A Tree is Nice
Ghosts in the House!

Bats at the Library

Dear Friends,

This week's book perfectly captures the sense adventure that a book can inspire in a reader. No matter what library we visit, the moment we walk in the door we have the anticipation of discoveries to be made. Are we bookaholics? Maybe. We do have a countdown until the next used book sale at our local historic home, and we do have the release of Jan Brett's next book in BIG LETTERS on our calender, we'll leave it to you to decide! How about you? Are you a bookaholic?

It's October, and this week marks the first of our Halloween books. Our picks this year, we feel, illustrate the best of Halloween, with just a bit of spooky, but never scary. Please join us throughout October as we continue with Ghosts in the House!, Wobble the Witch Cat, and Old Black Witch!

Bats at the Library

by Brian Lies

Despite the Halloween air to the illustrations done in dark colors and, of course, pages filled with bats, Bats at the Library is not specifically a Halloween book. It isspecifically a highly entertaining book celebrating the fun of reading, the excitement of good books and the adventures that can be found in the library. Through rhyming text and fanciful illustrations, author Brian Lees shows us how books and reading can inspire the imagination and ignite a reader’s curiosity

Bats at the Library

Bats at the Library

Adding to the appeal of this book is the unlikely choice of ambassadors of reading the author has chosen. We generally do not think of bats for this lofty title, but a colony of bats make the perfect choice to show readers what happens when a window is accidentally left open at the local library allowing the flying creatures of the night to take over. 

Bats at the Library

Making shadow puppets on the overhead projector, turning the drinking fountain into a batty swimming pool, and turning the photocopier into their own personal portrait studio are just of a few of the comical games the bats play until the magic of story time and becoming lost in a book take over.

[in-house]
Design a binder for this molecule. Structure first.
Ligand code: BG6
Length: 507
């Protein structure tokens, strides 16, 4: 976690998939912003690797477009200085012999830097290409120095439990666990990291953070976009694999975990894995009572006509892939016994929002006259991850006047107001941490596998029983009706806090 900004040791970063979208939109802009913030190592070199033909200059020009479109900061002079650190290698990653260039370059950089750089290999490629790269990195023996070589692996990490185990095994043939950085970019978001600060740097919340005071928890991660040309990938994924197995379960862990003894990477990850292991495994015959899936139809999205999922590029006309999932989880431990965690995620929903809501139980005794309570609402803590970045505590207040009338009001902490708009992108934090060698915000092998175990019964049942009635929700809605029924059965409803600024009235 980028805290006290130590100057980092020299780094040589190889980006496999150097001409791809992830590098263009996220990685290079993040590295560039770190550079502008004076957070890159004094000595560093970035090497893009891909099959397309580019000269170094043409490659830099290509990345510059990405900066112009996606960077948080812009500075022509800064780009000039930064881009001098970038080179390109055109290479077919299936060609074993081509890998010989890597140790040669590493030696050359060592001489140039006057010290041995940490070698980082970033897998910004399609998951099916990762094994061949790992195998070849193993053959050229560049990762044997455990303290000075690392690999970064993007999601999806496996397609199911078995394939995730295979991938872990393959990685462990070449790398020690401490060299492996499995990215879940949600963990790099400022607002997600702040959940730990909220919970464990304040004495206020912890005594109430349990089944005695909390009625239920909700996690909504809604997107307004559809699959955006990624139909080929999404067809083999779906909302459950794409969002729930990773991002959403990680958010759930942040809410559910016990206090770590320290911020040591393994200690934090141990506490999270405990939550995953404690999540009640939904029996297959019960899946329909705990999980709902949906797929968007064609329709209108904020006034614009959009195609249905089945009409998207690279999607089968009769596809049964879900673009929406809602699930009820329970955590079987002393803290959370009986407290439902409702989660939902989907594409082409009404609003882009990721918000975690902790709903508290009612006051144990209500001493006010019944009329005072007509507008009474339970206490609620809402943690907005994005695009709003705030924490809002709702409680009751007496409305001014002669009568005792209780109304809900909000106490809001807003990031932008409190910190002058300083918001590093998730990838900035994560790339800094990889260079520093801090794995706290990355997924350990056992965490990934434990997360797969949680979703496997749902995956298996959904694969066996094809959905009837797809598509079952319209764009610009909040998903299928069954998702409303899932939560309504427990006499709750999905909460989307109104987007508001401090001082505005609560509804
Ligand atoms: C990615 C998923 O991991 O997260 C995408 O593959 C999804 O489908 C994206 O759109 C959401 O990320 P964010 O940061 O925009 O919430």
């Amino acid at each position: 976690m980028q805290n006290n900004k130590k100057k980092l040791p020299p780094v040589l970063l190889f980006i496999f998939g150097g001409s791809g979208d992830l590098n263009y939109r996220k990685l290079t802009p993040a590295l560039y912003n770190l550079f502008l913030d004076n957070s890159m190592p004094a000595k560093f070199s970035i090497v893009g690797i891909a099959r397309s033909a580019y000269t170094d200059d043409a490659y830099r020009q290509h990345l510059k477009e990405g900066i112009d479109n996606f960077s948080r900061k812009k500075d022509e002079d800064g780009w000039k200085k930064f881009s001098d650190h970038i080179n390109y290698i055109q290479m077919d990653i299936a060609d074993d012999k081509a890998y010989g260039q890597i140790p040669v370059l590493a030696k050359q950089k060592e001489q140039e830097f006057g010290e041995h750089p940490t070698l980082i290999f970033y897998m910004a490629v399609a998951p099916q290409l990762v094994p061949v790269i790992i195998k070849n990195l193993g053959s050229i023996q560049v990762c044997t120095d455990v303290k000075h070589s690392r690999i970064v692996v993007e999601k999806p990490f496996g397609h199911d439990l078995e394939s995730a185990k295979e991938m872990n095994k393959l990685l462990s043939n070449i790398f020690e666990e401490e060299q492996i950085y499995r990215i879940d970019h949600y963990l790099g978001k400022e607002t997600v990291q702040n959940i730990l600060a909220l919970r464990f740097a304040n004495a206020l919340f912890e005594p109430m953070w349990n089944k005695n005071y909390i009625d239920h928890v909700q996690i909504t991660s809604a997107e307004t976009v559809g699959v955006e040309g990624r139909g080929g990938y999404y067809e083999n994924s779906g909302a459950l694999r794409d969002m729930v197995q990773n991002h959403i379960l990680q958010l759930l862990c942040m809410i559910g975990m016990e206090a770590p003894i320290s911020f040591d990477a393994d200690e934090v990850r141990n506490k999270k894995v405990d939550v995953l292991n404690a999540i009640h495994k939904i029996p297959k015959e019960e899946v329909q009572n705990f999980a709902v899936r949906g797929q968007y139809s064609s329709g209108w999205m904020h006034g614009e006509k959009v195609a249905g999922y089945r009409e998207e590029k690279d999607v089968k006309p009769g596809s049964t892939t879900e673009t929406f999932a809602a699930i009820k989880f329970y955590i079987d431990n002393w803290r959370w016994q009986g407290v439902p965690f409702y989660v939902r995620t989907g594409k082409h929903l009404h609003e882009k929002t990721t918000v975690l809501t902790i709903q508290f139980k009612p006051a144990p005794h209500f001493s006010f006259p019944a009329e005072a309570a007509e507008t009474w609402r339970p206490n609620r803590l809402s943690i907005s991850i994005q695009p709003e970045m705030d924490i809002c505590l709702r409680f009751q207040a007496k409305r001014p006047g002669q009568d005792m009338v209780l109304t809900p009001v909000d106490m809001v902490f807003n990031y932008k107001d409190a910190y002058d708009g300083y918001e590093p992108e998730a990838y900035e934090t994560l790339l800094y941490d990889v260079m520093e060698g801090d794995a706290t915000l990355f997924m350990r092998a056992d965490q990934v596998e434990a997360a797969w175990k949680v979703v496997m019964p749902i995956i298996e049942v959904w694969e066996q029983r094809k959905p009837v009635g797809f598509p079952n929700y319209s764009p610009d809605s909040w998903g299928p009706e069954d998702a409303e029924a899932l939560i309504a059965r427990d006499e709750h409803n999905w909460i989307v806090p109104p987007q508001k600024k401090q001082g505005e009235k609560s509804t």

Bats at the Library

Notice anyone familiar

Bats at the Library

How about here? For more about the numerous picture book references, check out this post from the Carle Museum!

In this Issue


A Batty Good Snack

We saw this batty snack and thought it would be the perfect snack for munching while enjoying Bats at the Library! 

A Batty Good Snack

A Batty Good Snack

Ingredients and Supplies

  • Cheese cubes
  • Purple grapes (oval shape is best)
  • Blue corn chips
  • Toothpicks
  1. Using a small knife, a parent should cut two slits in a grape, on opposite sides. 
  2. Insert 2 chips in each grape, one on each side. Stick a toothpick in bottom of grape.
  3. Insert other side of toothpick in cheese cube. 

 

 

Storytime Flying Bat

Storytime Flying Bat - Bats at the Library - Off the Shelf

Young readers can make their own storytime flying bat to read books and share adventures with. If the bat isn't busy reading, it makes a wonderful Halloween decoration... until the next book opens, that is!

Why We Like It

  • Fun way to combine science and art
  • Using a variety of materials helps to inspire creativity

Storytime Flying Bat - Bats at the Library - Off the Shelf

Storytime Flying Bat

Supplies

  • Waxed Paper (we used natural waxed paper for the opaque brown color, but you can use construction or kraft paper too)
  • 2 light brown pipe cleaners
  • Glue
  • Paper tube
  • Brown construction paper
  • Crayons
  • Stapler
  1. Cut wings from a piece of waxed paper, roughly 14 by 7 inches. 
  2. Cut 2 pieces of pipe cleaner (about 6 inches each) and twist around each end of a second pipe cleaner. This will mimic the bones of a bat's wings; use the book's illustrations for reference. 
  3. Glue pipe cleaner bones to waxed paper wings and let dry (see picture below). 
  4. When dry, staple wings to paper tube. Be sure to align the top of the body to the top of the wings, so the head can easily be attached. 
  5. Cut head and ears from construction paper. Glue ears to head. Use crayons or makers to draw face. Glue or tape head to body. 

Storytime Flying Bat - Bats at the Library - Off the Shelf

 

 

More from Off the Shelf

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